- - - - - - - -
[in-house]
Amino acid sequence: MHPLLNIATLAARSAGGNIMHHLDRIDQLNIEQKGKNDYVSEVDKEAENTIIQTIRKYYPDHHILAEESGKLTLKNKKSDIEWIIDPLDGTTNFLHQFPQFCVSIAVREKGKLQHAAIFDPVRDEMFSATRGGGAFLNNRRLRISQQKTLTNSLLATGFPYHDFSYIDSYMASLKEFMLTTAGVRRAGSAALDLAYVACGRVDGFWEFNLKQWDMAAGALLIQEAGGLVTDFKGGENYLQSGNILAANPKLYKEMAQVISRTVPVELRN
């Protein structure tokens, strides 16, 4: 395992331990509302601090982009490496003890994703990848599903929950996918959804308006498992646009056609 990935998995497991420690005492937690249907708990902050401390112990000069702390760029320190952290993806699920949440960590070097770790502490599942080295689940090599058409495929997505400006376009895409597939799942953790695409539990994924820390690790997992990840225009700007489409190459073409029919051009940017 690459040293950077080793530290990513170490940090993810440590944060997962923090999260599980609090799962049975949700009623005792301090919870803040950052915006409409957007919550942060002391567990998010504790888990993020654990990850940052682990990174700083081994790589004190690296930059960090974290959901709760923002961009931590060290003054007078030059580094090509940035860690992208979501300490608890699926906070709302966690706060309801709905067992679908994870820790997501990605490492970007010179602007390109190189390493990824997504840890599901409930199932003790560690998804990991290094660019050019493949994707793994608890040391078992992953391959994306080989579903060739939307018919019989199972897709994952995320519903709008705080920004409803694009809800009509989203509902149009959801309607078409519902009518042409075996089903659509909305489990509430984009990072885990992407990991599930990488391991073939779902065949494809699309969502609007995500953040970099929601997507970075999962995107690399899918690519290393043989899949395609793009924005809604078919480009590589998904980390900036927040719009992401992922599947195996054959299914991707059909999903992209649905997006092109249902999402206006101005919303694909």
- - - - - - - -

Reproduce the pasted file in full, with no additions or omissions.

[in-house]
Amino acid sequence: MHPLLNIATLAARSAGGNIMHHLDRIDQLNIEQKGKNDYVSEVDKEAENTIIQTIRKYYPDHHILAEESGKLTLKNKKSDIEWIIDPLDGTTNFLHQFPQFCVSIAVREKGKLQHAAIFDPVRDEMFSATRGGGAFLNNRRLRISQQKTLTNSLLATGFPYHDFSYIDSYMASLKEFMLTTAGVRRAGSAALDLAYVACGRVDGFWEFNLKQWDMAAGALLIQEAGGLVTDFKGGENYLQSGNILAANPKLYKEMAQVISRTVPVELRN
């Protein structure tokens, strides 16, 4: 395992331990509302601090982009490496003890994703990848599903929950996918959804308006498992646009056609 990935998995497991420690005492937690249907708990902050401390112990000069702390760029320190952290993806699920949440960590070097770790502490599942080295689940090599058409495929997505400006376009895409597939799942953790695409539990994924820390690790997992990840225009700007489409190459073409029919051009940017 690459040293950077080793530290990513170490940090993810440590944060997962923090999260599980609090799962049975949700009623005792301090919870803040950052915006409409957007919550942060002391567990998010504790888990993020654990990850940052682990990174700083081994790589004190690296930059960090974290959901709760923002961009931590060290003054007078030059580094090509940035860690992208979501300490608890699926906070709302966690706060309801709905067992679908994870820790997501990605490492970007010179602007390109190189390493990824997504840890599901409930199932003790560690998804990991290094660019050019493949994707793994608890040391078992992953391959994306080989579903060739939307018919019989199972897709994952995320519903709008705080920004409803694009809800009509989203509902149009959801309607078409519902009518042409075996089903659509909305489990509430984009990072885990992407990991599930990488391991073939779902065949494809699309969502609007995500953040970099929601997507970075999962995107690399899918690519290393043989899949395609793009924005809604078919480009590589998904980390900036927040719009992401992922599947195996054959299914991707059909999903992209649905997006092109249902999402206006101005919303694909």